Rep. Ann Kirkpatrick is going on the offense against the Department of Defense. She sent a letter to the Pentagon asking for an explanation about what she understands is a plan to retire 42 A-10 aircraft based at Davis-Monthan Air Force Base.
The Tucson air base is the main training facility for the war plane and his home to about 80 A-10s.
The Pentagon budget request for the new fiscal year called for the retirement of about four dozen of the planes. In the FY 2017 National Defense Authorization Act (NDAA), Congress required that the Air Force conduct a “fly-off” between the A-10 and the new F-35 before any retirement plans could be made. That head-to-head competition happened last year, but so far the data has not been released.
“We’ve not seen that data. So, they [the Air Force] need to be transparent and honest and talk with the members of Congress about this. This is a big deal,” said Kirkpatrick.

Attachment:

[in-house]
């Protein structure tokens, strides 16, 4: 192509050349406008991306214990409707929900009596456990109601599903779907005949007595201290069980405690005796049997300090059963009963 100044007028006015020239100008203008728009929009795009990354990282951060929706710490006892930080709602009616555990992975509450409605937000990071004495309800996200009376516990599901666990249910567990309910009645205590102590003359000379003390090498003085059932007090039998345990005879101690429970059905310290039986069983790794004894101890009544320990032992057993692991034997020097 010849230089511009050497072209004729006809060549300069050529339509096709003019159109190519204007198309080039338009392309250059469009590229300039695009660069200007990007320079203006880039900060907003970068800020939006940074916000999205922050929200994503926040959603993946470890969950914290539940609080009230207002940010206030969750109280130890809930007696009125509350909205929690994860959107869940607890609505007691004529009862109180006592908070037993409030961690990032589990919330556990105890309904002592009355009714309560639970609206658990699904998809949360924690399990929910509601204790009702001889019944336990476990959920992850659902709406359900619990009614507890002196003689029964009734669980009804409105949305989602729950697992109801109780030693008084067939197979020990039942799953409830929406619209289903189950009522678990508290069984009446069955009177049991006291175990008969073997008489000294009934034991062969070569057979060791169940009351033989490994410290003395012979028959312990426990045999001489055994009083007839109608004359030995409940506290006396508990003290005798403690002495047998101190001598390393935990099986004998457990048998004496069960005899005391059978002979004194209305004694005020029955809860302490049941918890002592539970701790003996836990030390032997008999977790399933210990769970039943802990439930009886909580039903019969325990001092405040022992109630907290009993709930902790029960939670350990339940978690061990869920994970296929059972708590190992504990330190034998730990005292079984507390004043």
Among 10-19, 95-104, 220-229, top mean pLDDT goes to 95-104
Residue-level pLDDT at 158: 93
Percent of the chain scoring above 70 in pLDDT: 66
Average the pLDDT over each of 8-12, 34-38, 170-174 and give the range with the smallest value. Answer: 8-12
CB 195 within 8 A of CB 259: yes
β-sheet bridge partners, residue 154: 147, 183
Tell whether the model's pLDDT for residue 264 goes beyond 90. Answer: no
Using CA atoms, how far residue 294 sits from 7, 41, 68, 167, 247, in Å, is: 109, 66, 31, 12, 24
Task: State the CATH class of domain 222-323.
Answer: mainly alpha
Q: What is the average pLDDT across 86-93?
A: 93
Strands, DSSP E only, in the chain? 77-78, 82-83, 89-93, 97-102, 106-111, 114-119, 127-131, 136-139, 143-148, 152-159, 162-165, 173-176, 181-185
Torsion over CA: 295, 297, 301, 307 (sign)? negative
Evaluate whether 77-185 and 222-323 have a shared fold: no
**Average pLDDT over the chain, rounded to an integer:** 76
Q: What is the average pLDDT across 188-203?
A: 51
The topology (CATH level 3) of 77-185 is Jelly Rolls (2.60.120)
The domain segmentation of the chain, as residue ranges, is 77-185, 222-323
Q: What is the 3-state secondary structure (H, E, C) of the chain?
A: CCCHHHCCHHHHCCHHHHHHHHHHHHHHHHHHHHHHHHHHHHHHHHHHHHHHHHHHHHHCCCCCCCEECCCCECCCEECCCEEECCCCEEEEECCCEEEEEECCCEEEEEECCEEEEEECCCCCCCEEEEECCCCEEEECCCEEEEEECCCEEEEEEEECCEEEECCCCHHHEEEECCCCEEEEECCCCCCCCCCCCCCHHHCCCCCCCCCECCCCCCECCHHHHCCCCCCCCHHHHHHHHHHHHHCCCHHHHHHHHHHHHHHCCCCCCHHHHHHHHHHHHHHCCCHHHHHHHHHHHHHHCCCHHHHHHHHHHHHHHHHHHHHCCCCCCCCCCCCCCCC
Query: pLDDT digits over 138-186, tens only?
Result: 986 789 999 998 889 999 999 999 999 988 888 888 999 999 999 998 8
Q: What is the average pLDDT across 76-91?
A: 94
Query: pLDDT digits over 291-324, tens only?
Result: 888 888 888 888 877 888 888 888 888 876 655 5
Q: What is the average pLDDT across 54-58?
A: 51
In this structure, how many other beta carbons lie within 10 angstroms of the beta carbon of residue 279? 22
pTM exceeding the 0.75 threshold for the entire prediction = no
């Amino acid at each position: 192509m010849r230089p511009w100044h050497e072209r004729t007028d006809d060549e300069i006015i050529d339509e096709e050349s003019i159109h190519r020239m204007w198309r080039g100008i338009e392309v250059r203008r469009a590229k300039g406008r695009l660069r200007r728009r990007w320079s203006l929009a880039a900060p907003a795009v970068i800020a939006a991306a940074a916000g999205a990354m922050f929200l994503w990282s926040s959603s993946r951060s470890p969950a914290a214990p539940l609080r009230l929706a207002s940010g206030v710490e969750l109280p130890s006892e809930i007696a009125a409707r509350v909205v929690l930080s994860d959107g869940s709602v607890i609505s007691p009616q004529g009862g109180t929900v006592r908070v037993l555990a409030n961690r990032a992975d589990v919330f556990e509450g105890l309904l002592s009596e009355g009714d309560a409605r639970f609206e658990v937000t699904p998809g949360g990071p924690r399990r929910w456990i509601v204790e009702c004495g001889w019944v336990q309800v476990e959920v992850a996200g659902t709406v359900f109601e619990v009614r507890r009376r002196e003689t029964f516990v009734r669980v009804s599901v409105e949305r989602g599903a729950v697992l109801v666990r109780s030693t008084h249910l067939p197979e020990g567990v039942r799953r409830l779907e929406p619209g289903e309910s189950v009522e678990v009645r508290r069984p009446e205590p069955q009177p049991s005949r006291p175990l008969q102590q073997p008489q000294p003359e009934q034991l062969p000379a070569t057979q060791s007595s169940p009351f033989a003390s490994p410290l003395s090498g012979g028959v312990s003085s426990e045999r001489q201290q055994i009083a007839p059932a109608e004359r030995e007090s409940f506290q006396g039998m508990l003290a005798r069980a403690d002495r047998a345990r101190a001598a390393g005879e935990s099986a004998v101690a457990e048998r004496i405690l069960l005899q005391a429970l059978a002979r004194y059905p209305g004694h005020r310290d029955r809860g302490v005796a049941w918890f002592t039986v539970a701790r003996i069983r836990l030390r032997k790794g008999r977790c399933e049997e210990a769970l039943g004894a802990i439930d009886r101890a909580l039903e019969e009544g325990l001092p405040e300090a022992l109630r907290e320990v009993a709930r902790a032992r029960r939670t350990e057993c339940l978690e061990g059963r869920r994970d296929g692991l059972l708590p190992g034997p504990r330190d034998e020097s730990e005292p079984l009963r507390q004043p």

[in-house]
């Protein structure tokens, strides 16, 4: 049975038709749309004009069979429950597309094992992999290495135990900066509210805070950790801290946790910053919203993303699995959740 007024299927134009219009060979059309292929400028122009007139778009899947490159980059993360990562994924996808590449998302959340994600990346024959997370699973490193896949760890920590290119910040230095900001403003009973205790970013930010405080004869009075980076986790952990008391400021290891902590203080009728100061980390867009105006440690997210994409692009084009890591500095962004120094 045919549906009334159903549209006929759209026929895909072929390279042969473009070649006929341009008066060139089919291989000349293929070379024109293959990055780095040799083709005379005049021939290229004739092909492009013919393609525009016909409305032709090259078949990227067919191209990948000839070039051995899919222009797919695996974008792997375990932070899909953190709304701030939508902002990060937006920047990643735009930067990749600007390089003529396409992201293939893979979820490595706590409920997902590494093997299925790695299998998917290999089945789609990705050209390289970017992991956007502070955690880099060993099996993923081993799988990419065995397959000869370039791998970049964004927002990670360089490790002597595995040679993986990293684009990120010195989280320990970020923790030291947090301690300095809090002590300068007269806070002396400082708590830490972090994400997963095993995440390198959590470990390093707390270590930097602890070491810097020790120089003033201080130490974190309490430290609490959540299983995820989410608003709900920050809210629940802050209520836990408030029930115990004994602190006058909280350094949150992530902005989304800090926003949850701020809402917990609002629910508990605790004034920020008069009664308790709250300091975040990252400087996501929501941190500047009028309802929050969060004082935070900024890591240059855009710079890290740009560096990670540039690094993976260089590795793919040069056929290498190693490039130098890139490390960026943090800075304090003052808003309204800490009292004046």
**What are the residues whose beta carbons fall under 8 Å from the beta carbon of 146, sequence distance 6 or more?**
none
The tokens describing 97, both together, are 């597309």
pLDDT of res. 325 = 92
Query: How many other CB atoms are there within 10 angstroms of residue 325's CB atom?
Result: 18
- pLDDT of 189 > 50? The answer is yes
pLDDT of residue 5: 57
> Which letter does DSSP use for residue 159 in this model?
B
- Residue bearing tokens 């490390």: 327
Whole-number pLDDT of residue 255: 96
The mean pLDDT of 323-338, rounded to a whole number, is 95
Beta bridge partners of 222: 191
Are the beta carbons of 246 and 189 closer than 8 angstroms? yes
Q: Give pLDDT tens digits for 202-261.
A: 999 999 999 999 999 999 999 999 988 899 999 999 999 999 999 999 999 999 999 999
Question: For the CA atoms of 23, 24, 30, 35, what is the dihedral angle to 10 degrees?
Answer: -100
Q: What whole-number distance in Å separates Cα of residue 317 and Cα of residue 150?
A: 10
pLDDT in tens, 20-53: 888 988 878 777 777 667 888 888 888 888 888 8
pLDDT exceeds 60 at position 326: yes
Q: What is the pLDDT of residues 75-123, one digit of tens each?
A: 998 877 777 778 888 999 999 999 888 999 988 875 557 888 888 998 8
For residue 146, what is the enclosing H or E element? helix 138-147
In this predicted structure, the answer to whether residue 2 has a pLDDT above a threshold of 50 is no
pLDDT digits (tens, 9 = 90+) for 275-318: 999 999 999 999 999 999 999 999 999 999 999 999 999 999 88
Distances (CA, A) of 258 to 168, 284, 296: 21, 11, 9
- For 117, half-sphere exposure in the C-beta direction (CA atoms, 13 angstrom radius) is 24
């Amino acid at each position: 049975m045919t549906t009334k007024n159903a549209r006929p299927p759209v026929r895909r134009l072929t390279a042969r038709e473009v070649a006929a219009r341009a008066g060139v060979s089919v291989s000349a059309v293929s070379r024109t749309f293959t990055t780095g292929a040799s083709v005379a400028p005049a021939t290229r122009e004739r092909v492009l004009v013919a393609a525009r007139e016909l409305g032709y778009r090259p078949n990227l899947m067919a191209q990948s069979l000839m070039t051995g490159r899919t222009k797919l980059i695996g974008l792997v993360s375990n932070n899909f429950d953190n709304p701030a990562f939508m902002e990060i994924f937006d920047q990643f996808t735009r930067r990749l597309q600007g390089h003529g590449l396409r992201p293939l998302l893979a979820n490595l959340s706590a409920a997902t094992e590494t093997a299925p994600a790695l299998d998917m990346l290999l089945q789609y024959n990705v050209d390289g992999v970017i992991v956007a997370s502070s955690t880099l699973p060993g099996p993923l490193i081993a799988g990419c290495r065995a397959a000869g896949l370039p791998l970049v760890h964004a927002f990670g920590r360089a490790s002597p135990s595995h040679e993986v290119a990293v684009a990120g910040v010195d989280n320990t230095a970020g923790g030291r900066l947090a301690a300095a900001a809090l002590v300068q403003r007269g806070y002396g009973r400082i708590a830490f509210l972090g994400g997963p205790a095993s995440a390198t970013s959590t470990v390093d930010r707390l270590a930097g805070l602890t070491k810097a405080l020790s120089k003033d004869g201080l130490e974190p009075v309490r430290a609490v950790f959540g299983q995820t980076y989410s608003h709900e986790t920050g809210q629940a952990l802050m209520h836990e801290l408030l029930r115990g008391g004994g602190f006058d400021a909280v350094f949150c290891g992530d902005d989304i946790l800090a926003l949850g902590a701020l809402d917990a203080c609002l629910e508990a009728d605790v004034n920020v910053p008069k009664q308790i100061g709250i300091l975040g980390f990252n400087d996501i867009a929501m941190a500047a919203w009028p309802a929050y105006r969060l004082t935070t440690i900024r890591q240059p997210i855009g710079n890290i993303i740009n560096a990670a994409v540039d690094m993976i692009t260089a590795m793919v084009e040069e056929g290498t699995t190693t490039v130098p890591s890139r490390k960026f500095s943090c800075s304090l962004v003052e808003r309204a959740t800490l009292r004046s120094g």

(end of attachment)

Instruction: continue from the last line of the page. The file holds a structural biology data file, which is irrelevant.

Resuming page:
Kirkpatrick is a member of the House Appropriations Committee and sits on the Defense subcommittee.
She said she is working to get language in this year’s NDAA to prohibit the retirement on the plane.
Sen. Martha McSally, a former A-10 pilot, is a member of the Senate Armed Services Committee. She, too, is working to get language to protect the plane in this year’s NDAA.
“I am prepared to once again prohibit these cuts under law in this year's defense bill. The A-10 is irreplaceable and we must ensure it flies well into the future while also securing Davis-Monthan's future,” McSally said in a statement sent to AZPM.
The A-10 was originally designed to be a “tank killer” during the Cold War, but in Iraq and Afghanistan it found a new role in close air support, defending ground troops who are in danger of being overrun.
The last new A-10 was made in the mid 1980s.